Modernism on the East Coast
Iconic Houses in Latin America
House Tours May 2018
Icons at Risk
Our Badge of Honour
Terence Riley -KEYNOTE SPEAKER- on Philip Johnson
New era for Villa E-1027 and Cap Moderne
Jorge Liernur -KEYNOTE SPEAKER- on Latin American Modernism(s)
Restoring the past: The Diego Rivera and Frida Kahlo Home Studio
Behind the Scenes: Hendrick de Keyser Association
Latin America Special – Focus on Mexico
De Stijl in Drachten
Preserving the Nancarrow House-Studio
Meet the Friends - Nanne de Ru
Latin America Special – Focus on Brazil
Iconic Houses Lecture Tour - The Weizmann House
Jan de Jong’s House is Latest Hendrick de Keyser Acquisition
Stay in a Belgian Modernist Masterpiece
In Berlin’s Modernist Network
Rietveld-Schröder House Celebrates De Stijl Anniversary
Meet Our New Foundation Board Members
Virtual Tour of a Papaverhof Home in 3D
Getty Grant for Villa E-1027
11 Le Corbusier Homes now on Unesco World Heritage List
At home with Le Corbusier
Wright Plus 2016 Walk
Casa Batlló's innovative Video Guide
Documentary La Ricarda
Richard Hutten at the Sonneveld House
Rent a house designed by Gerrit Rietveld
Barragán House on Screen
Gesamtkunstwerk – An Icon on the Move
Triennale der Moderne 27 September - 13 October 2013
Prestigious Art Nouveau mansions in Brussels open
September 14 + 15: Heritage Days in Paris
June's New Arrivals: Museum Apartments
Iconic Houses is now on Twitter and Facebook
Corbu’s Cabanon: Reconstruction and Lecture
Projekt Mies In Krefeld: Life-sized model of the Krefeld Clubhouse
New arrivals: Spain special
MAMO: Le Corbu’s ‘Park in the Sky’ open 12 June
Annual Wright Architectural Housewalk: 18 May
Frank Lloyd Wright Homes on Screen
Message from the Editor
Neutra’s House on Screen
Melnikov House on Screen
Iconic Houses in the media
Message from the Editor
Eileen Gray House on Screen
Jordi Falgàs, Casa Rafael Masó
Jordi Falgàs is director of the Fundació Rafael Masó in Girona (Spain), which operates Casa Masó. He is also museum planning advisor to Antoni Gaudí’s Casa Vicens in Barcelona, which is scheduled to open to the public in 2016.
He received a BFA from the Universitat de Barcelona in 1989, an MA in art history from Michigan State University in 1995 and his PhD from the University of Wisconsin-Madison in 2011. Between 2004 and 2007, he was the Cleveland Fellow in Modern Art at the Cleveland Museum of Art, where he was one of the curators of Barcelona and Modernity: Picasso, Gaudí, Miró, Dalí.
Jordi Falgàs will moderate during the Iconic Houses Conference in Barcelona on 25 November.
Tell us about your relationship with significant houses
From 1996 to 2003 I worked at the Fundació Gala-Salvador Dalí, where I was involved in the opening of Gala Dalí Castle in Púbol and Salvador Dalí’s house in Portlligat. While in the USA I had the opportunity to visit most of Frank Lloyd Wright’s houses which are open to the public, and later on when I was writing my dissertation on Masó, I conducted research on several Charles Rennie Mackintosh houses and other Arts and Crafts homes throughout the UK. Houses are fascinating and unique places because they convey meaning in ways that museums can’t.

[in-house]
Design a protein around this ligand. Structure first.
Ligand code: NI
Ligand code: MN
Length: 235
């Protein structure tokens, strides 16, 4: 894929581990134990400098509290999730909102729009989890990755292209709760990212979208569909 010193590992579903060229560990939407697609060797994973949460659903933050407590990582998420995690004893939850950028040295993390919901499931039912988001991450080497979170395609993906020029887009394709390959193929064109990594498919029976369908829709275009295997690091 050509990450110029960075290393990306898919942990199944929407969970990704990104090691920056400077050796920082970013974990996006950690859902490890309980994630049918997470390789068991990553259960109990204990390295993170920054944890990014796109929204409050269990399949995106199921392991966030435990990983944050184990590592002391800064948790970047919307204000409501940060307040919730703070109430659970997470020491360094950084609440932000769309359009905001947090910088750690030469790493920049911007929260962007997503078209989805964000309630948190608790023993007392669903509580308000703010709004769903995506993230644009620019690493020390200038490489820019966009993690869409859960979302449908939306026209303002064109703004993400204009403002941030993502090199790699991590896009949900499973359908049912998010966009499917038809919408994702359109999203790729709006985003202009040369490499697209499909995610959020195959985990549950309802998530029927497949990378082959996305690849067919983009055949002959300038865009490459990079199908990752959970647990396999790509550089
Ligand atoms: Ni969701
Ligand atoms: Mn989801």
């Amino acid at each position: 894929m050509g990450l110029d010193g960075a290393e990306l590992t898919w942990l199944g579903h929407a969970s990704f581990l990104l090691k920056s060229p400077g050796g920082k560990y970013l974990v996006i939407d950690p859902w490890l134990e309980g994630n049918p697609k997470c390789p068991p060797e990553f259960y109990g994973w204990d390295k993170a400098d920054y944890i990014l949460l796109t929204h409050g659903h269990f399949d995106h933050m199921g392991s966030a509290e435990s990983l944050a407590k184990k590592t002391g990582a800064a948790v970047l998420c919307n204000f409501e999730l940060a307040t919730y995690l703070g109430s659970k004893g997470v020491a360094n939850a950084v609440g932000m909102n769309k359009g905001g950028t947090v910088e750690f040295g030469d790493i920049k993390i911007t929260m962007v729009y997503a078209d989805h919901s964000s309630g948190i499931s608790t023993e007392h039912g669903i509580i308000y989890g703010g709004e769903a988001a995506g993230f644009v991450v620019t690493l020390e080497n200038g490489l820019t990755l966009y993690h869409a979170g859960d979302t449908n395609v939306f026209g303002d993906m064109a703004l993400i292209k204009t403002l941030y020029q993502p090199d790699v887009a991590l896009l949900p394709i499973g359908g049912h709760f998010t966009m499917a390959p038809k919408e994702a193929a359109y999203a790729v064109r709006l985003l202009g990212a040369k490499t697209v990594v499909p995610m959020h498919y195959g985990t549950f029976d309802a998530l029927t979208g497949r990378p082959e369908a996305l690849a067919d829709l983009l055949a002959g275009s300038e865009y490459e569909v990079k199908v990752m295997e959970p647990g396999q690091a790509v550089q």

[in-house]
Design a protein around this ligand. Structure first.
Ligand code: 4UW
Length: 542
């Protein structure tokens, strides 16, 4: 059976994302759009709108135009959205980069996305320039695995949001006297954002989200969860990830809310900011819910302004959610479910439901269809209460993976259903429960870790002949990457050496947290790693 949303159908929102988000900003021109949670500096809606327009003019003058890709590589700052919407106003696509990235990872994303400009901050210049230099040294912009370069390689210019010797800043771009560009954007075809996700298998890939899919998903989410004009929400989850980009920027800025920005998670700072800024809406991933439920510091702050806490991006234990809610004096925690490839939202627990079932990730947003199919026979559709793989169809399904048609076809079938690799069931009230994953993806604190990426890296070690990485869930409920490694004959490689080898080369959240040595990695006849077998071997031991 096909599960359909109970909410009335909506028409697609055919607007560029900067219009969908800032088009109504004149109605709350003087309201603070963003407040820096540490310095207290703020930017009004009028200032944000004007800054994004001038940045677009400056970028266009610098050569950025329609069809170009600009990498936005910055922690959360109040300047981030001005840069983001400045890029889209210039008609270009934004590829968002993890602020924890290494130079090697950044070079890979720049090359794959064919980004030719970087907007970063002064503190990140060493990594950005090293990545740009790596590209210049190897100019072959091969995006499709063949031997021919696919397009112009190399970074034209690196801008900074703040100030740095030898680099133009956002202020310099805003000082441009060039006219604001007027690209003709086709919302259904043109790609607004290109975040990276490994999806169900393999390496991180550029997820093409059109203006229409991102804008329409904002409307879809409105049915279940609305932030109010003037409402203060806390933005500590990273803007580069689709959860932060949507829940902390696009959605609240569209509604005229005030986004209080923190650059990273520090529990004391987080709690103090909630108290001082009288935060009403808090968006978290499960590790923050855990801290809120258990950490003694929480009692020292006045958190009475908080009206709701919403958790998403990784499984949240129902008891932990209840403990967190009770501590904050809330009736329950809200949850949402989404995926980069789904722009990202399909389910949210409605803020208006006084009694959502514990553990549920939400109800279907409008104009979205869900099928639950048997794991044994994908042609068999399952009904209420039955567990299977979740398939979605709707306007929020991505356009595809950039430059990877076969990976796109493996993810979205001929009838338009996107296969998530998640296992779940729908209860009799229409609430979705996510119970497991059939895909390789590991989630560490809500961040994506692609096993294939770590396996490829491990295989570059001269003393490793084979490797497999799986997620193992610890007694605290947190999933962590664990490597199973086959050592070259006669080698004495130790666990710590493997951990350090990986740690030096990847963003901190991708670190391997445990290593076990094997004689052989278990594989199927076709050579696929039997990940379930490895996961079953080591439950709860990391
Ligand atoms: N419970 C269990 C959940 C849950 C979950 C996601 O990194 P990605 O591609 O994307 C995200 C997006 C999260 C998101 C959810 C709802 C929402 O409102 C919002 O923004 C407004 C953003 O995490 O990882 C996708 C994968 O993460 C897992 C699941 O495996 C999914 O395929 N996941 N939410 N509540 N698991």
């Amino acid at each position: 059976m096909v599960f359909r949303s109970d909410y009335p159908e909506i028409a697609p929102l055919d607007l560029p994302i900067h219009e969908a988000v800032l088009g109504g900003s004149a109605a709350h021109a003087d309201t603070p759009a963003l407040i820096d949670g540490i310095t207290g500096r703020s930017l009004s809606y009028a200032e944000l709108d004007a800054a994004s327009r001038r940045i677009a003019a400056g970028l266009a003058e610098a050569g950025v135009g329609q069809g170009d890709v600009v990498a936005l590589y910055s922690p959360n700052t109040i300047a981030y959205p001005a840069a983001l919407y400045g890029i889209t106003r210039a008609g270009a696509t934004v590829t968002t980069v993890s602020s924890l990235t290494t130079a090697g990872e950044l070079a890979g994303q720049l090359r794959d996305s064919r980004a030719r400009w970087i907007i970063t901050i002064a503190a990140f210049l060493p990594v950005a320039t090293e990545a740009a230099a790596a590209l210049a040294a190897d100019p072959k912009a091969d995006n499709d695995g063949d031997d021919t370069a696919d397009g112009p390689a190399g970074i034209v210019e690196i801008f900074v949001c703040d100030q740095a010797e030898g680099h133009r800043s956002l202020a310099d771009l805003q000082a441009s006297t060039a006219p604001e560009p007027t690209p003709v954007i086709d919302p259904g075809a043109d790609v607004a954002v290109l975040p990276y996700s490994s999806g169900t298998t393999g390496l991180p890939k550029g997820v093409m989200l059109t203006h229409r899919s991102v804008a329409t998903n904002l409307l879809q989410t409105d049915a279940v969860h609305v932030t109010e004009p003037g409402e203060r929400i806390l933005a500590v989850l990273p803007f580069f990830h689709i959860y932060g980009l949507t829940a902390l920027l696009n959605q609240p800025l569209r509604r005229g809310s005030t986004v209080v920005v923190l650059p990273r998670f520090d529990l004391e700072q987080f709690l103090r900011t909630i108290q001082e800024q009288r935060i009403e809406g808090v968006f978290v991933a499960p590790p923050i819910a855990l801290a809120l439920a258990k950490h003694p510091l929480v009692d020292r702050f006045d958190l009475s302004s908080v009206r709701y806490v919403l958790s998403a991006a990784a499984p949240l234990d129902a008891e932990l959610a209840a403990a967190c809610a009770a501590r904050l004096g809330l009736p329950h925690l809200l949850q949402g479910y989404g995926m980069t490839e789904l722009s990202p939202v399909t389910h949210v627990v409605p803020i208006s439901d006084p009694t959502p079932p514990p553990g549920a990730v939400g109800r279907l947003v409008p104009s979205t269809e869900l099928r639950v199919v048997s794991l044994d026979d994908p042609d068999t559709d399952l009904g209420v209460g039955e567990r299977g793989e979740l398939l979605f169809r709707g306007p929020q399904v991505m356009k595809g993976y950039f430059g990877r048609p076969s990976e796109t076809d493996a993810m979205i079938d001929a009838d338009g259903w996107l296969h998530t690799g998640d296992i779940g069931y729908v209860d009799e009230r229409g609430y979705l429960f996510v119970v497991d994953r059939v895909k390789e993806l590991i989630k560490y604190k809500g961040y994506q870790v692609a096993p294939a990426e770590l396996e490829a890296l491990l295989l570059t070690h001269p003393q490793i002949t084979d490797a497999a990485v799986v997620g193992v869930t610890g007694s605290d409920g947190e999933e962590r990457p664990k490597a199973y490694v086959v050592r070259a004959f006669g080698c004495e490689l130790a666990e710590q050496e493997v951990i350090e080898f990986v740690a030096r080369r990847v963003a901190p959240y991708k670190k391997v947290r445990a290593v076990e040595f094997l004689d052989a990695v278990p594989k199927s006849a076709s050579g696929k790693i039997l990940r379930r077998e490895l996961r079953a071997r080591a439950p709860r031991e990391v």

Do you have a favourite house?
I can’t single out just one, sorry! I have great memories of the sunset at Pierre Koenig’s Stahl House in the Hollywood Hills, and also of Taliesin and Taliesin West. Then of course, there’s the Robie House and Fallingwater too. I also enjoyed Mackintosh’s Hill House and Baillie Scott’s Blackwell, where they do an excellent job.
Of course, I’ve been at Casa Masó since the very early stages, long before the opening, and I’m extremely fond of it. Right now I’m also excited about the project to open Gaudí’s Casa Vicens, the first house he ever designed and a fascinating building.
What’s the biggest challenge facing your organisation right now?
Rafael Masó is not a very well-known architect and we need to work harder at finding ways to promote his legacy and his relevance to the development of modern architecture in Catalonia. In the near future, I would like to see his archive become fully accessible online. The same applies to Noucentisme, the movement he was involved in from 1906. He and his colleagues developed an architectural and decorative style that has not yet received the attention it deserves. So all our efforts at Casa Masó go into promoting Masó and Noucentisme at all levels.
What do you hope will emerge from the upcoming Iconic Houses conference in Barcelona?
It will be an excellent chance to meet colleagues old and new from other iconic houses in the incredible setting of La Pedrera. I am grateful to Iconic Houses for providing all of us with this opportunity and for choosing Barcelona. Of course, I hope lots of people will sign up for the trip to Girona to visit Casa Masó, as we are now only 38 minutes away from Barcelona by high-speed train. I also hope the conference will attract the attention of the media and so raise awareness about the importance of the preservation and educational work that we are carrying out at house museums today.
What 21st-century home deserves to be an Iconic House of the future?
Right here in Girona, I only have to cross the street from Casa Masó and there’s Casa Collage (2006-09) by Ramon Bosch and Bet Capdeferro. It is one of the finest examples of dialogue and equilibrium between old and new architecture I’ve ever seen. They even reused old tiles designed by Masó. It is certainly a model to follow when it comes to sustainable architecture and how to approach an intervention in a medieval city such as the old centre of Girona. The numerous national and international awards it has received have already turned it into an icon.
Watch the video here
Casa Collage, Ramon Bosch and Bet Capdeferro, Girona, Spain 2006-2009. Photo José Hevia.